Tuesday, August 20, 2013

Solidarity with the Egyptian revolution

Were it not for social media, most outside the Middle East who don’t read Arabic would not hear the voices of the Egyptian revolution or of the other Arab uprisings. We would witness the elemental force of rebellion but not hear the cacophony & conflict of ideas propelling these movements forward--& sometimes backwards.

Channeled by media into Islamophobic conclusions, this can lead observers to believe these historic upheavals are inchoate & amorphous, guided by fury alone & not by conflicting ideas & class forces. That’s why the oppressed & rebellious must always speak for themselves--lest they be misinterpreted.

The LA Times in its report on Mubarak’s pending release from jail informs us that millions of Egyptians are now rallying around the military in its campaign against the Muslim Brotherhood (MB). Where they get that information no one knows since the military is still shooting up the streets of Egypt from caravans of armored vehicles in what is called the “bloodiest internal conflict in its modern history.” It’s likely most Egyptians are holed up in their homes so as not to be mistaken as a member of the MB & mowed down in a strafe of bullets.

There’s no question some Egyptians remain confused about the treacherous character of the military; it’s likely the least democratic forces hope the military will rid politics of the MB. But it stretches credulity to the absurd & insults the political intelligence of the Egyptian people to say they have forgotten 60 years of military tyranny, the prisons & mass incarcerations of dissidents, the torture chambers & virginity tests in military prisons, the hundreds murdered in the Egyptian uprising to depose Mubarak, the women assaulted by undercover agents in Tahrir Square, the concrete walls built all over Cairo to prevent public protest, the pitched battles in the streets against soldiers mounted on camels & tanks.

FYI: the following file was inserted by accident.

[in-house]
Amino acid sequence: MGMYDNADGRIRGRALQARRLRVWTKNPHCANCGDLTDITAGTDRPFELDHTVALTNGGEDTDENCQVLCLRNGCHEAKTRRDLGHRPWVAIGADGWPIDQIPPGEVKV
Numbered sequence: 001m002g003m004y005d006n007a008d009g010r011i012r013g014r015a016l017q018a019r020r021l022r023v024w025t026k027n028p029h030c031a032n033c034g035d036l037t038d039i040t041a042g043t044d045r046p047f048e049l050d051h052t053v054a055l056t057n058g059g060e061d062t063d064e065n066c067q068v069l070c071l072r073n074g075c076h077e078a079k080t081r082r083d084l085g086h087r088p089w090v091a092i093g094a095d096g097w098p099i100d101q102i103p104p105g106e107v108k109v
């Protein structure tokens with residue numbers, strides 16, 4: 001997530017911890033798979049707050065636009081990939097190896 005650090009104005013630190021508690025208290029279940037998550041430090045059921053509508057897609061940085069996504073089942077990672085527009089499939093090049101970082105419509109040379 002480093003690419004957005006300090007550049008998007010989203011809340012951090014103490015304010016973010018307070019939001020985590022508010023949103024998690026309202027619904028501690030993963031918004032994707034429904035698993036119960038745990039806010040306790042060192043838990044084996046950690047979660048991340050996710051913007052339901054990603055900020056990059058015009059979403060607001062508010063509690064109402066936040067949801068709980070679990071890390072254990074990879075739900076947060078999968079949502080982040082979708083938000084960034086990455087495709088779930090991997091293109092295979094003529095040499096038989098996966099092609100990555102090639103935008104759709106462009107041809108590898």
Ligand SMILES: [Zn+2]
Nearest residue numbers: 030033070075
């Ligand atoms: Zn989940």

We may not yet hear the voices of revolution; we certainly won’t hear them in the media. But we can be sure there are millions of Egyptians & Arab revolutionists in other countries who are horrified & outraged at the violence against the Muslim Brotherhood. In Egypt, we can be sure that revolutionists who fought street battles last fall against the MB stand with them today against the military. There are unconfirmed reports that indeed thousands of Egyptians marched in solidarity with the MB against the violence.

The military regime, including under Morsi’s presidency, was unwilling to prosecute Hosni Mubarak for crimes against the Egyptian people. Today they are on the threshold of releasing him from prison & allowing him to retire to his swanky chalet bought by the blood of martyrs. It is inconceivable this would not be viewed as an affront to the revolution & to those who gave their lives for human freedom.

It needn’t be said that bloodbaths & martial law drain psychic & revolutionary energies & take a toll on insurgency--even those as massive as the Egyptian revolution. Time is needed to recoup, assess, rethink, regroup. The tear gas & trauma have to dissipate before fury again pokes its head outdoors to assert “This is not what we meant; this is not what we meant at all!” In that time, our solidarity can take up the breach as we continue to demand “Hands off the Muslim Brotherhood, hands off Egypt, no US aid to Egypt.”

This brief interview with a 12-year-old Egyptian boy is worth reposting to remind us of the powerful ideas inspiring millions to stand against the military fortress of Egypt & its allies in the Pentagon: https://www.youtube.com/watch?v=HXtDflT38AQ

(Photo from Giza of MB member armed with a stick being bullied by a cop is by Imad Abdul Rahman/AP)

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